Q From Alec Cawley: In an article about cattle exports, The Economist used beefing in the sense of “whinging, complaining, or moaning”. How did cow-meat, usually regarded as a premium meal, become associated with such a downbeat concept?
A The verb beef, with the meaning you give, has been in the language for a surprisingly long time — it’s on record from the 1860s.
We have to go back further to trace the verb to its beginnings. In the early eighteenth century there was a slang phrase to cry hot beef or give hot beef, which meant to raise the alarm, to start pursuit or to set up a hue and cry. This may have been based on a street hawker’s cry and to have been a pun on stop thief! The New Canting Dictionary records in 1725, “to cry beef upon us: they have discover’d us and are in Pursuit of us”. A few years later, the verb beef by itself also meant to raise a hue and cry and this continued in use well into the nineteenth century.
The next step is a bit disconnected, because the written evidence for it only begins to appear in the 1860s and it doesn’t chart the way that beef had been developing. One change was that beef became a general cry of alarm, unconnected with theft, and then merely a shout or cry, a sense that came out of the theatre and was later taken to Australia by emigrants. At around the same period beef shifted to mean a complaint, thus giving us the slang sense we have today.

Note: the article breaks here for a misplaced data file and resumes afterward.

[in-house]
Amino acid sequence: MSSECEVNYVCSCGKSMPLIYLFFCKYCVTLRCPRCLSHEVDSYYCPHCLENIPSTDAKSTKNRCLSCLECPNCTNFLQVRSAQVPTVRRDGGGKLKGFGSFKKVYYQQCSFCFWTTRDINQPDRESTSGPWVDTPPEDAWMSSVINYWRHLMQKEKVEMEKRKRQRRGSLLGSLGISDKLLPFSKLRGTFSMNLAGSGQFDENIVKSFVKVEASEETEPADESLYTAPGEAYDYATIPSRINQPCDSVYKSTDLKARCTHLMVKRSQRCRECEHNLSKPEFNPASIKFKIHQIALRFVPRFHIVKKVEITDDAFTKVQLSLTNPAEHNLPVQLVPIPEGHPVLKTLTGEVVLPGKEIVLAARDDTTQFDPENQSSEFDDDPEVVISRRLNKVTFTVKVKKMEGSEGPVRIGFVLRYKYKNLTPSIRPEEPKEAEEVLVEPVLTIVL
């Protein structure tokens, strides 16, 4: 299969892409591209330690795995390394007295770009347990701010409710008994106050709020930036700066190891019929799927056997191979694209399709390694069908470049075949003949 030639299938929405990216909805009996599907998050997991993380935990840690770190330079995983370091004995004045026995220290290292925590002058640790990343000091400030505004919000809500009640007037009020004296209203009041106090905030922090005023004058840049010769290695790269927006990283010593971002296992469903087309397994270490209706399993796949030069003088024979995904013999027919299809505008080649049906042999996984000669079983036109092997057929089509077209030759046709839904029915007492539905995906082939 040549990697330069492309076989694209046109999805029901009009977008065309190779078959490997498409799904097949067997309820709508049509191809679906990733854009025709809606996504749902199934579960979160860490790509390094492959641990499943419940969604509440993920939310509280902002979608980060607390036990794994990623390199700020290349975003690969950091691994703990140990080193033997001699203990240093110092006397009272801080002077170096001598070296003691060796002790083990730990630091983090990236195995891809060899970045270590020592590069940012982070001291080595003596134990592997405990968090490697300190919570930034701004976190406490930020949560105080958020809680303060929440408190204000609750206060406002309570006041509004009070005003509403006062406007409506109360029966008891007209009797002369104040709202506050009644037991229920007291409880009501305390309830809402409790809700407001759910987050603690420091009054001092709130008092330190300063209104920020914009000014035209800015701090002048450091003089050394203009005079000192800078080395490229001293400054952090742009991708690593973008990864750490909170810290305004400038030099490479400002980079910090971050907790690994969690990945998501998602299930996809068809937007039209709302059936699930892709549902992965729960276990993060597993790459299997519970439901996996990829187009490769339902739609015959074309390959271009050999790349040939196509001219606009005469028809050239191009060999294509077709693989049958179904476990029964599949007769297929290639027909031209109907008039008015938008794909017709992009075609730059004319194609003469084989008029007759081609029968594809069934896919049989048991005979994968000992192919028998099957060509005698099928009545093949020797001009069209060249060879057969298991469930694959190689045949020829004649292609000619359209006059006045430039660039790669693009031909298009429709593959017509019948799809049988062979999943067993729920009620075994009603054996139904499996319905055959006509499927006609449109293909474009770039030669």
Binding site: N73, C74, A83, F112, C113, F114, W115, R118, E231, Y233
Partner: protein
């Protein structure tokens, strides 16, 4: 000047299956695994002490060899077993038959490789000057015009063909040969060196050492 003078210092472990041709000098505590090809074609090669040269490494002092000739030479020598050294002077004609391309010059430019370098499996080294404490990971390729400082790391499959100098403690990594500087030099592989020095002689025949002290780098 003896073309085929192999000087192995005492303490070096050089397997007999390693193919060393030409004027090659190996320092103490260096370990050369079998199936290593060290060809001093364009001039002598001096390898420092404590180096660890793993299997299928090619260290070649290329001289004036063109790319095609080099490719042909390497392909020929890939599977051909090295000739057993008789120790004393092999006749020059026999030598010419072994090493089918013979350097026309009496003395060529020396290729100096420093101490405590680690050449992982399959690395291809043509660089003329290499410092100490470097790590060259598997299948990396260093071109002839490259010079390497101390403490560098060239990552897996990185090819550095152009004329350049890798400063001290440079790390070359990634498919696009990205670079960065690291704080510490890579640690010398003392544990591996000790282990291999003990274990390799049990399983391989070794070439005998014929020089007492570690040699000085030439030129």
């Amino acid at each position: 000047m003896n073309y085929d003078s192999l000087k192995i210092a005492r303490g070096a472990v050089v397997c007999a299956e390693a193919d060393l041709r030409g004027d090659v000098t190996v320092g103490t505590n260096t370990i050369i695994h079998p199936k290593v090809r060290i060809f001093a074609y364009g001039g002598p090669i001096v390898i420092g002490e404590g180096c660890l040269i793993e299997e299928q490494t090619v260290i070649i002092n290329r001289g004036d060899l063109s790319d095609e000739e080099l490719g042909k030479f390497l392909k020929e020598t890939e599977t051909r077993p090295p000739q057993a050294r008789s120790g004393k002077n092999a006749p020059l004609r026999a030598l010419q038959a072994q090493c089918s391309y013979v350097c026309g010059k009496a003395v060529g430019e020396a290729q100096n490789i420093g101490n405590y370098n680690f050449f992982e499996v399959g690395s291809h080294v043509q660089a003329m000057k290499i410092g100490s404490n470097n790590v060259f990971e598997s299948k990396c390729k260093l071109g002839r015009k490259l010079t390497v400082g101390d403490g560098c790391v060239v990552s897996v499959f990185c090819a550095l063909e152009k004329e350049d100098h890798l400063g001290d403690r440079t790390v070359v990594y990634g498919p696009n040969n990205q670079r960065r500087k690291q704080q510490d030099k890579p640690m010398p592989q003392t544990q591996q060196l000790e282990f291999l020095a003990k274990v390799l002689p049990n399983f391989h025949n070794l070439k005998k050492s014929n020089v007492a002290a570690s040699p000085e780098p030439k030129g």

You gave your message the punning subject line what’s the beef? That obviously comes from the verb to beef and is still a common idiom meaning “what’s the problem?” or “what’s going on?”, though it typically turns up in the popular prints as a humorous reference to ranching, mad cow disease, the Calgary stampede, McDonalds restaurants and related bovine topics. Here’s a recent example:
The Dallas Observer newspaper even had a story about it more than a year ago, based on a press release issued by the Houston-based chain. So, what’s the beef all of a sudden?
The Fort Worth Star Telegram (Texas), 9 Jan. 2011.
We must, of course, make a careful distinction between what’s the beef? and where’s the beef? The latter, which questions the importance, significance, inner meaning or substance of something, derives from the early-1980s advertising campaign for Wendy’s hamburgers in the US and Canada and briefly became a political slogan.
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